In our December 2006 issue, we featured an innovatively designed, biodiesel-powered speedboat called Earthrace that was going to attempt to set an around-the-world nautical speed record of 65 days. Skipper Pete Bethunes intent was to raise awareness of the environmental benefits—and raw power—of biodiesel fuel. That effort came to a tragic end last week when, only nine days into the attempt, Earthrace crashed into a fishing vessel off Guatemala, killing one fisherman and seriously injuring a second (the third member of the boat's crew suffered only minor injuries). Bethune and his crew did everything they could to rescue the fishermen and treat their injuries while the boat limped back to shore, likely saving the lives of the two injured sailors they were able to recover. The mission, of course, was terminated, and the crew remains in Guatemala pending an investigation. For a riveting account of the accident, see Bethune's Captain's blog . —Eric Adams
If you've ever dabbled in the realm of pro-level photography gear, you know that the photo-accessories market can get pretty ridiculous. As with companies like Monster Cable that scam innocent home-theater builders into paying up to $120 for a $6-dollar HDMI cable, camera companies have gotten away with charging exorbitant sums for even the simplest add-on components for years.
Lens hoods are often the worst price offenders. Designed to keep glare from entering the lens and interfering with image quality, lens hoods are basically just molded pieces of plastic or lightweight metal with screw threads or plastic snaps for attaching to the end of your lens. Not too complicated, right? Then how can Nikon and Canon charge upward of $580 (!!) for a single lens hood for their pro-level telephotos? There has to be a better way.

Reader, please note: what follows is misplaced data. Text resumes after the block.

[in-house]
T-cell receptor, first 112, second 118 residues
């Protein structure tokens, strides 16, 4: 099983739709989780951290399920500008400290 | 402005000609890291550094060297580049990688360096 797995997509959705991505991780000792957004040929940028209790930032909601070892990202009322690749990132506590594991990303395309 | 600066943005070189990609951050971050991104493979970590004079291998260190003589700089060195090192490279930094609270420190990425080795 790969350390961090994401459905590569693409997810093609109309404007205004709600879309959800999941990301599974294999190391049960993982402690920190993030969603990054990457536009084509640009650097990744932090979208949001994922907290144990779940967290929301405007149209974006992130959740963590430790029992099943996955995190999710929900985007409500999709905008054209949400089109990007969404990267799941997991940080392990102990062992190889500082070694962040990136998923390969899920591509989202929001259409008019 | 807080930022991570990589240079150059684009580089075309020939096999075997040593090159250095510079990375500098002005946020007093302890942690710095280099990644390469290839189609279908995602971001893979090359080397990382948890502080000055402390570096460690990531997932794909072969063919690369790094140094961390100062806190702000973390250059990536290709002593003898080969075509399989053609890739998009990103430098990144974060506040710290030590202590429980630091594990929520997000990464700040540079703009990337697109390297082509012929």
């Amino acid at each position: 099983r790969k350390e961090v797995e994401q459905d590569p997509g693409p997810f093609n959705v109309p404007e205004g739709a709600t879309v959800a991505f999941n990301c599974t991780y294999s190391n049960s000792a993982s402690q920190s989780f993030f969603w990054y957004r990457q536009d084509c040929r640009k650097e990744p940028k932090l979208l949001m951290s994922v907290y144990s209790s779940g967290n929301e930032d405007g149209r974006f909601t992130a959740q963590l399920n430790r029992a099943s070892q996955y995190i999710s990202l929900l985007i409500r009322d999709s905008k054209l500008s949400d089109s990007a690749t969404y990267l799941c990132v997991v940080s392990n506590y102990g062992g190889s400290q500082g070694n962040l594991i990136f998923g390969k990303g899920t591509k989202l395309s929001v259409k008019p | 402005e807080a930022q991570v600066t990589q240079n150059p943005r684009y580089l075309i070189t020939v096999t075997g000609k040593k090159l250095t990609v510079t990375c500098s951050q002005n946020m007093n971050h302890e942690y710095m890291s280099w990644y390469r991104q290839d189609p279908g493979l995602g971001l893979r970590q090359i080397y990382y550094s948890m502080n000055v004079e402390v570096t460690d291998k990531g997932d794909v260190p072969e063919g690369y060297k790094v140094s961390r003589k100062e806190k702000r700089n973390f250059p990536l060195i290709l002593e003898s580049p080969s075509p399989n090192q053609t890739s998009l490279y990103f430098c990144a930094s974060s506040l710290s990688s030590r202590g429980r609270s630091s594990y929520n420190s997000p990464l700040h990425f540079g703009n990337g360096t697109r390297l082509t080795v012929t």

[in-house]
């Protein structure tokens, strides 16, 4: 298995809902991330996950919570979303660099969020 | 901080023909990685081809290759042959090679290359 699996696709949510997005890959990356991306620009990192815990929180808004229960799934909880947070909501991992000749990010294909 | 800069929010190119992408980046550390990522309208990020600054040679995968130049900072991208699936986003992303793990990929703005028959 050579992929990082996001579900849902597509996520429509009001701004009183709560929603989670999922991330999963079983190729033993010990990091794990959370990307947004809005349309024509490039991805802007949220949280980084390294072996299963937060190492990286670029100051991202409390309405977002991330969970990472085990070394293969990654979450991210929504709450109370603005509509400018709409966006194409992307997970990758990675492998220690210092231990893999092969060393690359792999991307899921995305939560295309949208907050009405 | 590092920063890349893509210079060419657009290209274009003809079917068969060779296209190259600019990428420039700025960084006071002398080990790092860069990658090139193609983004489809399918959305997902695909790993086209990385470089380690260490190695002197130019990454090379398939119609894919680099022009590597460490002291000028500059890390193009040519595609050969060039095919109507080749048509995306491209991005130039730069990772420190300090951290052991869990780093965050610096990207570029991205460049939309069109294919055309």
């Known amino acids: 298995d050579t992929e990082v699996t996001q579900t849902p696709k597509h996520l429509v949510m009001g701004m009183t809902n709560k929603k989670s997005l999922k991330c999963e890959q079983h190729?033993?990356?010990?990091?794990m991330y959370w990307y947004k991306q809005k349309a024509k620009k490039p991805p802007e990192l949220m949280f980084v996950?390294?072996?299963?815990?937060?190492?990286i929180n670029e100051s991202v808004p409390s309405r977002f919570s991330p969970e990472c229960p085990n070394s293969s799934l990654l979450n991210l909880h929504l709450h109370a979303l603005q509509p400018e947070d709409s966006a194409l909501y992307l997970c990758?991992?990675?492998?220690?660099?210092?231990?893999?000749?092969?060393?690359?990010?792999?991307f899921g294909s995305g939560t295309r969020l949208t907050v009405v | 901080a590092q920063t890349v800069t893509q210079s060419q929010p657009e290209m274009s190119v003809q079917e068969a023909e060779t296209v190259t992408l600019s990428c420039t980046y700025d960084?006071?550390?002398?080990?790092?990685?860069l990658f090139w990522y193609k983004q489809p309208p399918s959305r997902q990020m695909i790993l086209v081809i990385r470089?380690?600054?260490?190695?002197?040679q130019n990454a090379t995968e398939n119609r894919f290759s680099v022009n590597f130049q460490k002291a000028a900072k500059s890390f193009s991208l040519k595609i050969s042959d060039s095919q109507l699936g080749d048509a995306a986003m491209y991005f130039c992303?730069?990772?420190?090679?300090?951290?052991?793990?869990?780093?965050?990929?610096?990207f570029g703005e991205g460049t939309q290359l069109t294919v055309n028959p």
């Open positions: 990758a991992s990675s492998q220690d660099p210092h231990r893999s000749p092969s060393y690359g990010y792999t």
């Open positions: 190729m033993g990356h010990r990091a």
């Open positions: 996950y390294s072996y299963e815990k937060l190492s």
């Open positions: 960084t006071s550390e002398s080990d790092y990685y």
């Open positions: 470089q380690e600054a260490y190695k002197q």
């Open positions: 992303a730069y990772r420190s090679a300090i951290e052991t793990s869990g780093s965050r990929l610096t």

Enter lenshoods.co.uk, an ingenious repository of free printable patterns that allow you to make your own lens hoods out of paper. Just print out the PDF pattern, trace it onto some nice dark paper stock or some thin cardboard from the post office, affix it to your lens with a bit of tape, and presto: $500 saved. A paper hood obviously won't be as durable or glamorous, but it will provide the same level of light protection, which is what it's there for in the first place. And if it tears, just print out a new one. (And no, just sticking any old piece of paper on there isnt the best idea—lens hoods are custom shaped for a lenss focal length to provide maximum light protection without interfering with the field of view). So now you can put that $500 toward something a bit more exciting—say, an actual lens. For that kind of money, you can get a very nice fisheye for your DSLR. —John Mahoney
New York City's got plenty of rivers nearby, but aside from giving Trump more coastal real estate to take over, they don't really do anything. No massive waves that we could use to surf to work, anyhow. If only we lived near Bristol Channel in England, where a high-tide phenomenon called a tidal bore could be letting us river surf at nearly this very moment.
A tidal bore occurs when a large incoming tide flows in such a way as to form a wave that pushes itself along a river. Theyre pretty rare, happening only when uncharacteristically high tidal waters are quickly funneled into an especially narrow estuary. One of the world's most famous, England's Severn Bore, sent its first major wave of the year up the River Severn yesterday, carting along with it surfers from around the world. The wave was dinkier than usual thanks to lousy winds, but with favorable conditions it can be quite powerful. Last year, for instance, it carried a railroad engineer from Gloucestershire for 7.6 miles, earning him the world record for longest surf—and, we assume, awesome street cred throughout Gloucestershire.—Abby Seiff